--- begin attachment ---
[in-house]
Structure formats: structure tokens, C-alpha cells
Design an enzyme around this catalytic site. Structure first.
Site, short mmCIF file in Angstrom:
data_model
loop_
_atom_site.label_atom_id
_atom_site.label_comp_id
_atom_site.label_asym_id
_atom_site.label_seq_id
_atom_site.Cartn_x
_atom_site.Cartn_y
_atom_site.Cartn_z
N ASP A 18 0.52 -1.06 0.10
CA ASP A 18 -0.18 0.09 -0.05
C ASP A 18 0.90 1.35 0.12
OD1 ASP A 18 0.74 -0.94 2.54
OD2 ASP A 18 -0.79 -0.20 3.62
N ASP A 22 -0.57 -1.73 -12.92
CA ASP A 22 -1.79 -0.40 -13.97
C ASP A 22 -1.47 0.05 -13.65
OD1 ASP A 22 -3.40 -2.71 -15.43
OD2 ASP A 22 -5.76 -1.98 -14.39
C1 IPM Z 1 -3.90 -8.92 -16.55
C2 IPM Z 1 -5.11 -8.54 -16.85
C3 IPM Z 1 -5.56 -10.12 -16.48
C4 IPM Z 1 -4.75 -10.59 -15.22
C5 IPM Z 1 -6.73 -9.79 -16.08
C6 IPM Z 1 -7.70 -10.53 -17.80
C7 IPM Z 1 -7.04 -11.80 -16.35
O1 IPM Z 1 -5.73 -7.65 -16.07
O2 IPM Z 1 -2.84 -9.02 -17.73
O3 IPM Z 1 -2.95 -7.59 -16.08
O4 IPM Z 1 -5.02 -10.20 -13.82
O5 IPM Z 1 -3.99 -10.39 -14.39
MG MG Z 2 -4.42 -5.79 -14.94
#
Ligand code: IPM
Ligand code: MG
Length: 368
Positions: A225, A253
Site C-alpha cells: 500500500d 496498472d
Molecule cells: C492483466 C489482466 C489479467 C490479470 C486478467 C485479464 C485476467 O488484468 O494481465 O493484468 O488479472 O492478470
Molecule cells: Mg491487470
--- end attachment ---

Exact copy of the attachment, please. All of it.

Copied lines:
[in-house]
Structure formats: structure tokens, C-alpha cells
Design an enzyme around this catalytic site. Structure first.
Site, short mmCIF file in Angstrom:
data_model
loop_
_atom_site.label_atom_id
_atom_site.label_comp_id
_atom_site.label_asym_id
_atom_site.label_seq_id
_atom_site.Cartn_x
_atom_site.Cartn_y
_atom_site.Cartn_z
N ASP A 18 0.52 -1.06 0.10
CA ASP A 18 -0.18 0.09 -0.05
C ASP A 18 0.90 1.35 0.12
OD1 ASP A 18 0.74 -0.94 2.54
OD2 ASP A 18 -0.79 -0.20 3.62
N ASP A 22 -0.57 -1.73 -12.92
CA ASP A 22 -1.79 -0.40 -13.97
C ASP A 22 -1.47 0.05 -13.65
OD1 ASP A 22 -3.40 -2.71 -15.43
OD2 ASP A 22 -5.76 -1.98 -14.39
C1 IPM Z 1 -3.90 -8.92 -16.55
C2 IPM Z 1 -5.11 -8.54 -16.85
C3 IPM Z 1 -5.56 -10.12 -16.48
C4 IPM Z 1 -4.75 -10.59 -15.22
C5 IPM Z 1 -6.73 -9.79 -16.08
C6 IPM Z 1 -7.70 -10.53 -17.80
C7 IPM Z 1 -7.04 -11.80 -16.35
O1 IPM Z 1 -5.73 -7.65 -16.07
O2 IPM Z 1 -2.84 -9.02 -17.73
O3 IPM Z 1 -2.95 -7.59 -16.08
O4 IPM Z 1 -5.02 -10.20 -13.82
O5 IPM Z 1 -3.99 -10.39 -14.39
MG MG Z 2 -4.42 -5.79 -14.94
#
Ligand code: IPM
Ligand code: MG
Length: 368
Positions: A225, A253
Site C-alpha cells: 500500500d 496498472d
Molecule cells: C492483466 C489482466 C489479467 C490479470 C486478467 C485479464 C485476467 O488484468 O494481465 O493484468 O488479472 O492478470
Molecule cells: Mg491487470